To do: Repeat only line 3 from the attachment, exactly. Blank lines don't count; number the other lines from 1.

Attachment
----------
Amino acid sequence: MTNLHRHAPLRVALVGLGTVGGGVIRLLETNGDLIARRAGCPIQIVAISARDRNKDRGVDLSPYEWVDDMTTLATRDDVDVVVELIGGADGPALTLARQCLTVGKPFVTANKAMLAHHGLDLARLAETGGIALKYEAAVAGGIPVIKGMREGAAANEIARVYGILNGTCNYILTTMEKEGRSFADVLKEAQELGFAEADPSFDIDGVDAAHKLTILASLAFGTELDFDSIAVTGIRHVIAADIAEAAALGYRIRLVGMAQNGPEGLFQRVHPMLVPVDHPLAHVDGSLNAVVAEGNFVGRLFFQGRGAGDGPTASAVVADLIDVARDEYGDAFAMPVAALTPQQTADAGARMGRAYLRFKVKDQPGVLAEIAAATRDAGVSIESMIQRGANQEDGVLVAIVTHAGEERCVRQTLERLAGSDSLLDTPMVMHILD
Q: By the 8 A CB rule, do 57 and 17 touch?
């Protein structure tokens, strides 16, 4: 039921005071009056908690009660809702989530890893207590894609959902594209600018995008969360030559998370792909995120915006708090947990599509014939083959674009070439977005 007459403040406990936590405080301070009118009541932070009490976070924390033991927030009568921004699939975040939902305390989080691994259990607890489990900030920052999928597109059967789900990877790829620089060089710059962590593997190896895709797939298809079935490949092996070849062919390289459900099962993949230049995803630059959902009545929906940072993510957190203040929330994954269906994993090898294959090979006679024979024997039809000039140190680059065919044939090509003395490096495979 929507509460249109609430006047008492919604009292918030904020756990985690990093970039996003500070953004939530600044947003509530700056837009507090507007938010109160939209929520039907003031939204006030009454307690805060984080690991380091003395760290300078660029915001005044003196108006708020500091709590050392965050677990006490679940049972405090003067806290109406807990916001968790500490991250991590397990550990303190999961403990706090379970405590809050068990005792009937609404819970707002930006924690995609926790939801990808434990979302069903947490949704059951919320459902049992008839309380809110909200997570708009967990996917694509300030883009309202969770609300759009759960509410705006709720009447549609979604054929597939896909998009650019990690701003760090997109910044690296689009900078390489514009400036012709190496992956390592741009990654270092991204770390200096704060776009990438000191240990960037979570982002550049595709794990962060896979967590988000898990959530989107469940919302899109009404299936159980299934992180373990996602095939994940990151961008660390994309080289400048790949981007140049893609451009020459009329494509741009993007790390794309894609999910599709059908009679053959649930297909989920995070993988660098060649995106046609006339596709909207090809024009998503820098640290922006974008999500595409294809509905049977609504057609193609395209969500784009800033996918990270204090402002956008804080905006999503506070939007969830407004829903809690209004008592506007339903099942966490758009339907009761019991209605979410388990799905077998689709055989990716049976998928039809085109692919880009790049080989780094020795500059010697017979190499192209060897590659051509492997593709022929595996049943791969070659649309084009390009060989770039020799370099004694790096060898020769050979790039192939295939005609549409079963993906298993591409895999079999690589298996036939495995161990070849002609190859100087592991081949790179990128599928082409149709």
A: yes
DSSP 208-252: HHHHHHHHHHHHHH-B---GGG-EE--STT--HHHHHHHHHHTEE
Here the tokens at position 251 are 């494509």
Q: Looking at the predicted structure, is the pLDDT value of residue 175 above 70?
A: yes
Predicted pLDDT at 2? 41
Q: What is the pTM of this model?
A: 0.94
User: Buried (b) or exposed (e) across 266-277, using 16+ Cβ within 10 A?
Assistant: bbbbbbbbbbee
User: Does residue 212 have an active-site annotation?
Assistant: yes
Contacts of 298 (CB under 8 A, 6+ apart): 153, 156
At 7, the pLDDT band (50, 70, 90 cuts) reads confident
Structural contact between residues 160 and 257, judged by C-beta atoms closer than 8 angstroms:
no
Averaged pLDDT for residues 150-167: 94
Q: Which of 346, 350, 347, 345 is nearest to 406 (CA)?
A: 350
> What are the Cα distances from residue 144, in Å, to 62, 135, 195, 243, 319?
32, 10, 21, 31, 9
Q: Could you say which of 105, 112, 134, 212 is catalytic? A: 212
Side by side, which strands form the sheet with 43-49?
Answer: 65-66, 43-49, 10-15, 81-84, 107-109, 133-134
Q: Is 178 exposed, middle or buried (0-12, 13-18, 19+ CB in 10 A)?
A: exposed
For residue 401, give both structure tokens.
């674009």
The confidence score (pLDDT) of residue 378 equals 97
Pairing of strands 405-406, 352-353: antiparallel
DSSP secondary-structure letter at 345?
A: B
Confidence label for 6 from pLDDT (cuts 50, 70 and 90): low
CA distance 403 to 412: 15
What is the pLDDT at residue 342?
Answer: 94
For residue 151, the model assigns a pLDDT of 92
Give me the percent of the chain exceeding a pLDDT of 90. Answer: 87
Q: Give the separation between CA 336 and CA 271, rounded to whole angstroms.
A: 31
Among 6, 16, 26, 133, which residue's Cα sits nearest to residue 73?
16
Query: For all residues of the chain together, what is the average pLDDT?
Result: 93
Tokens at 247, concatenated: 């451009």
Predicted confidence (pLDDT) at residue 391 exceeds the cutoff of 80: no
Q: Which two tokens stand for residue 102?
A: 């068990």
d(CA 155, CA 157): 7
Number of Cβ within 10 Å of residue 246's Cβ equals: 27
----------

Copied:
């Protein structure tokens, strides 16, 4: 039921005071009056908690009660809702989530890893207590894609959902594209600018995008969360030559998370792909995120915006708090947990599509014939083959674009070439977005 007459403040406990936590405080301070009118009541932070009490976070924390033991927030009568921004699939975040939902305390989080691994259990607890489990900030920052999928597109059967789900990877790829620089060089710059962590593997190896895709797939298809079935490949092996070849062919390289459900099962993949230049995803630059959902009545929906940072993510957190203040929330994954269906994993090898294959090979006679024979024997039809000039140190680059065919044939090509003395490096495979 929507509460249109609430006047008492919604009292918030904020756990985690990093970039996003500070953004939530600044947003509530700056837009507090507007938010109160939209929520039907003031939204006030009454307690805060984080690991380091003395760290300078660029915001005044003196108006708020500091709590050392965050677990006490679940049972405090003067806290109406807990916001968790500490991250991590397990550990303190999961403990706090379970405590809050068990005792009937609404819970707002930006924690995609926790939801990808434990979302069903947490949704059951919320459902049992008839309380809110909200997570708009967990996917694509300030883009309202969770609300759009759960509410705006709720009447549609979604054929597939896909998009650019990690701003760090997109910044690296689009900078390489514009400036012709190496992956390592741009990654270092991204770390200096704060776009990438000191240990960037979570982002550049595709794990962060896979967590988000898990959530989107469940919302899109009404299936159980299934992180373990996602095939994940990151961008660390994309080289400048790949981007140049893609451009020459009329494509741009993007790390794309894609999910599709059908009679053959649930297909989920995070993988660098060649995106046609006339596709909207090809024009998503820098640290922006974008999500595409294809509905049977609504057609193609395209969500784009800033996918990270204090402002956008804080905006999503506070939007969830407004829903809690209004008592506007339903099942966490758009339907009761019991209605979410388990799905077998689709055989990716049976998928039809085109692919880009790049080989780094020795500059010697017979190499192209060897590659051509492997593709022929595996049943791969070659649309084009390009060989770039020799370099004694790096060898020769050979790039192939295939005609549409079963993906298993591409895999079999690589298996036939495995161990070849002609190859100087592991081949790179990128599928082409149709």